Thu, 19/06/2014 - 14:54
Brazil's must-win World Cup opener against Croatia had important ramifications for the political future of President Dilma, says Maarten-Jan Bakkum, Emerging Market strategist from ING Investment Management…
Organising World Cup football in a country in the middle of a political, economic and social crisis is risky. This has been vastly underestimated in recent years, not only by FIFA, but certainly by the Brazilian authorities. Now that the competition has begun and strikes and riots are dominating the news, the tension is tangible. And clearly visible on the faces of both Sepp Blatter and Dilma Rousseff during the opening match between Brazil and Croatia.
But Brazil could not afford to lose this match. The risks for the competition, FIFA management and the political future of President Dilma were simply too great. It was highly unfortunate, though, that three dubious decisions by the referee were needed for the Brazilian win.
Now that early elimination for Brazil has probably been avoided, the football enthusiasm may well push the social dissatisfaction into the background somewhat. This is crucial for Dilma, who wants to be re-elected in the October elections. A chaotic competition without Brazilian success could deal the death blow to an already faltering Dilma campaign.
The president’s popularity has seriously diminished over the past few months. Despite the many subsidy schemes and tax breaks from which large parts of the Brazilian population have benefited. And despite the 33% rise in the minimum wage during Dilma’s term of office alone. The president has never been really popular, but now that economic growth is continuing to decline and, on balance, jobs are disappearing after years of strong employment growth, she is clearly losing ground to the opposition.
Dilma will never manage to turn the economic tide before October. The domestic investment climate is too poor and the demand for Brazilian goods abroad too weak. Her hopes of re-election are primarily based on the loyalty of people with the lowest incomes and on a dazzling World Cup.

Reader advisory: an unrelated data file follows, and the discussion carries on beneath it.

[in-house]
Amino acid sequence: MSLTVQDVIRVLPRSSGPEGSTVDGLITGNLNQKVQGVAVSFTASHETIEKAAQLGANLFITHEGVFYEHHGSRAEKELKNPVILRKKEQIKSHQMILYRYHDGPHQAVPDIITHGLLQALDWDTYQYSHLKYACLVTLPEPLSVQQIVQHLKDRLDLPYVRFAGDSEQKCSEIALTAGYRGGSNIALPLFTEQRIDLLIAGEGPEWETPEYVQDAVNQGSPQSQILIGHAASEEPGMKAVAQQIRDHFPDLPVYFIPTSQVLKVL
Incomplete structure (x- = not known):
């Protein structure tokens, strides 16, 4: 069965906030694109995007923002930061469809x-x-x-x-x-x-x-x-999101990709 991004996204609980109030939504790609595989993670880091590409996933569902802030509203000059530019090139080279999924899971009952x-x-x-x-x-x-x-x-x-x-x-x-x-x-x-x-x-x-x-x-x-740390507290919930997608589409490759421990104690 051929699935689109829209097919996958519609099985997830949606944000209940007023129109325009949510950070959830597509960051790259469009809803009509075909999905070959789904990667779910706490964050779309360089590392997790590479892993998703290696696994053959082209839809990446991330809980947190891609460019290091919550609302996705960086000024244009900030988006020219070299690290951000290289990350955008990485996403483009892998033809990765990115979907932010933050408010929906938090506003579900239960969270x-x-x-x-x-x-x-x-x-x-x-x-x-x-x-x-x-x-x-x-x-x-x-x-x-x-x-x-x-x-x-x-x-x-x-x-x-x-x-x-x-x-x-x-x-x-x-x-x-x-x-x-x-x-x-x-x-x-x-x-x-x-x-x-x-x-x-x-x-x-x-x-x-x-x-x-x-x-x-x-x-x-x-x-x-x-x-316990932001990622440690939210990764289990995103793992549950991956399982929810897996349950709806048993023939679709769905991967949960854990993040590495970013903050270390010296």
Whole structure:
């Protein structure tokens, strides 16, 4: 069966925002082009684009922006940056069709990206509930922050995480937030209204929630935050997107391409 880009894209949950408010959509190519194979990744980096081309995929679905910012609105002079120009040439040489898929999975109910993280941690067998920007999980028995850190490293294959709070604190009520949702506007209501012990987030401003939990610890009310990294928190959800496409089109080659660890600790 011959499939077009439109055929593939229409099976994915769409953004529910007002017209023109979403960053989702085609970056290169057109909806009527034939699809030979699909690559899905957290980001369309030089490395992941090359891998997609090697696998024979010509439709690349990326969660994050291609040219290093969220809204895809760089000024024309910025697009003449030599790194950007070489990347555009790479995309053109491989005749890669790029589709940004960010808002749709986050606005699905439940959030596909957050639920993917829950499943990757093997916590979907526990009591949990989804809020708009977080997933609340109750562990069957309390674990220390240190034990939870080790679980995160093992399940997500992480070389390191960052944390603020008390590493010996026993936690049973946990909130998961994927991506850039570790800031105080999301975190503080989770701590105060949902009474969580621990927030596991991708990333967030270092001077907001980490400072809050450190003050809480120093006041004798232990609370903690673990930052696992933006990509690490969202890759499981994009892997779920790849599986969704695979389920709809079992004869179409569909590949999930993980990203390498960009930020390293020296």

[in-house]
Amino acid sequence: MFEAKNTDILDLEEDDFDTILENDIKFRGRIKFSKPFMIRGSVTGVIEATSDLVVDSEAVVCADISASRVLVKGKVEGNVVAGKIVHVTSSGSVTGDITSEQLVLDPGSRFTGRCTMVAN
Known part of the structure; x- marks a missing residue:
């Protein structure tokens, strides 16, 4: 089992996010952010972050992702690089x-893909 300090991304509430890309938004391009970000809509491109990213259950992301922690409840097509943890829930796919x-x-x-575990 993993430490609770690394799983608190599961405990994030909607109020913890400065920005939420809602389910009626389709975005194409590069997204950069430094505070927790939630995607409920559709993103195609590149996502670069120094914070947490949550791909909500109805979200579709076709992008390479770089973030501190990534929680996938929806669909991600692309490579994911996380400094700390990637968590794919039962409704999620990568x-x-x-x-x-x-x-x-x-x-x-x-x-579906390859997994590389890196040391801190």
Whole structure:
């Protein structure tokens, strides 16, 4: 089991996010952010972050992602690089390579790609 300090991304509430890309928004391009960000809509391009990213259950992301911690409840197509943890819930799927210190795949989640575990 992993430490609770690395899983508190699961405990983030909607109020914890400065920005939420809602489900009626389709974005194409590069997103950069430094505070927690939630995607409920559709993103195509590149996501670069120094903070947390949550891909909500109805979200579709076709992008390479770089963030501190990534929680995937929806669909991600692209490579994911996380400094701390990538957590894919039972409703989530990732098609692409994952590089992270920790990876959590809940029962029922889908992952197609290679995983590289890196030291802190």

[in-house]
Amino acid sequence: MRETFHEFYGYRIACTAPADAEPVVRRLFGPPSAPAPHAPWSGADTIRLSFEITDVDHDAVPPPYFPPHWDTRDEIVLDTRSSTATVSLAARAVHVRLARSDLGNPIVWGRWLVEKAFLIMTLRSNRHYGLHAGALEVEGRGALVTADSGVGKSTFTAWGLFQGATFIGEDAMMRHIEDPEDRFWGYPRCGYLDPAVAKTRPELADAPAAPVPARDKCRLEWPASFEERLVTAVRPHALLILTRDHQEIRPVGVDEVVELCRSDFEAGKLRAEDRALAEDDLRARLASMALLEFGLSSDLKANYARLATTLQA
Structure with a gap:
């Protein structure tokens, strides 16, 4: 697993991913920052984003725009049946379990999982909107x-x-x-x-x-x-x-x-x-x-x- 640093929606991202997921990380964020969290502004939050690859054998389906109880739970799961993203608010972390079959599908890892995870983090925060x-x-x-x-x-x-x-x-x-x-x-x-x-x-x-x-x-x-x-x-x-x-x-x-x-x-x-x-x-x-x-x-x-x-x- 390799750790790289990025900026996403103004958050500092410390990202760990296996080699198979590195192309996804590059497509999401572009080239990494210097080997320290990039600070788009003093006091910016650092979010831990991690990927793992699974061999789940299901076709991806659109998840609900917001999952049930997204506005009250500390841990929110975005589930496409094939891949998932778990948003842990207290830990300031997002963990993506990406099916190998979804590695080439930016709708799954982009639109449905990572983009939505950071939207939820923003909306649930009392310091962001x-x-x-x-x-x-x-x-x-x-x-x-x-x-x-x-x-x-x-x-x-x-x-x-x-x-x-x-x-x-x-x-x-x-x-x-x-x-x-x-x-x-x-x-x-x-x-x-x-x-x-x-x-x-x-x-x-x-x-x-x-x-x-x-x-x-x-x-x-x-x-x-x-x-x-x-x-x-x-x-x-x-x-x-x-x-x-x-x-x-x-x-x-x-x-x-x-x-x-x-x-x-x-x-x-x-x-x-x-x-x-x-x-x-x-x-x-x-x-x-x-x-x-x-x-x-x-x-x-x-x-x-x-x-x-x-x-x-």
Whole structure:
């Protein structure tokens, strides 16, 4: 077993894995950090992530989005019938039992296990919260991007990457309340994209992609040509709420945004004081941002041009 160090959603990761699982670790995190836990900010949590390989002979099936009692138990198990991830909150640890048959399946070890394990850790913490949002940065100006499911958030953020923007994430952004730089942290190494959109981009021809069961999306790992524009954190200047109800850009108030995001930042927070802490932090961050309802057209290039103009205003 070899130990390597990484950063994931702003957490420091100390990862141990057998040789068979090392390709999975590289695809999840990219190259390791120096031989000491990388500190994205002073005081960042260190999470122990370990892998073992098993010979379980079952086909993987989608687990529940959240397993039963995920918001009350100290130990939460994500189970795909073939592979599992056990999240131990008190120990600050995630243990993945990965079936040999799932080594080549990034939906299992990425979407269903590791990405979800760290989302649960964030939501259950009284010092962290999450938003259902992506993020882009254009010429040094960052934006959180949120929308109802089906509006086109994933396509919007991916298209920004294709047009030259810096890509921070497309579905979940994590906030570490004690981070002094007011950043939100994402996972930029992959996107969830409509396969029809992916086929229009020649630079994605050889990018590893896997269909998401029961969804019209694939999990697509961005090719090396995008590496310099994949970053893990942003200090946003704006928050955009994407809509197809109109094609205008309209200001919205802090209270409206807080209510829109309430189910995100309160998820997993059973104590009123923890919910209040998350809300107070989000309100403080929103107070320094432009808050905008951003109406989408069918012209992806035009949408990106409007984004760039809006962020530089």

In the meantime, investors are cautiously beginning to position themselves for a possible victory for the pro-reform opposition. The main opposition candidate, Aécio Neves, will implement an entirely different economic policy if he wins. He will reduce the government’s role in the economy and attempt to reduce the structurally high inflation and interest rates with fiscal reforms. A victory for Aécio would be good news for potential GDP growth and corporate profits. This presents opportunities for investors, especially if the World Cup fails to be the great success Dilma is so desperately hoping for.
If the Brazilian team wins, however, and the turbulence in the cities calms a little, then the Dilma campaign could get a boost. That increases the chance of a second term for Dilma. That would not be good for the Brazilian economy or market. The importance of the World Cup for Brazilian politics cannot be overestimated. The electorate’s perception of the competition could well be a deciding factor in the highly important October elections.
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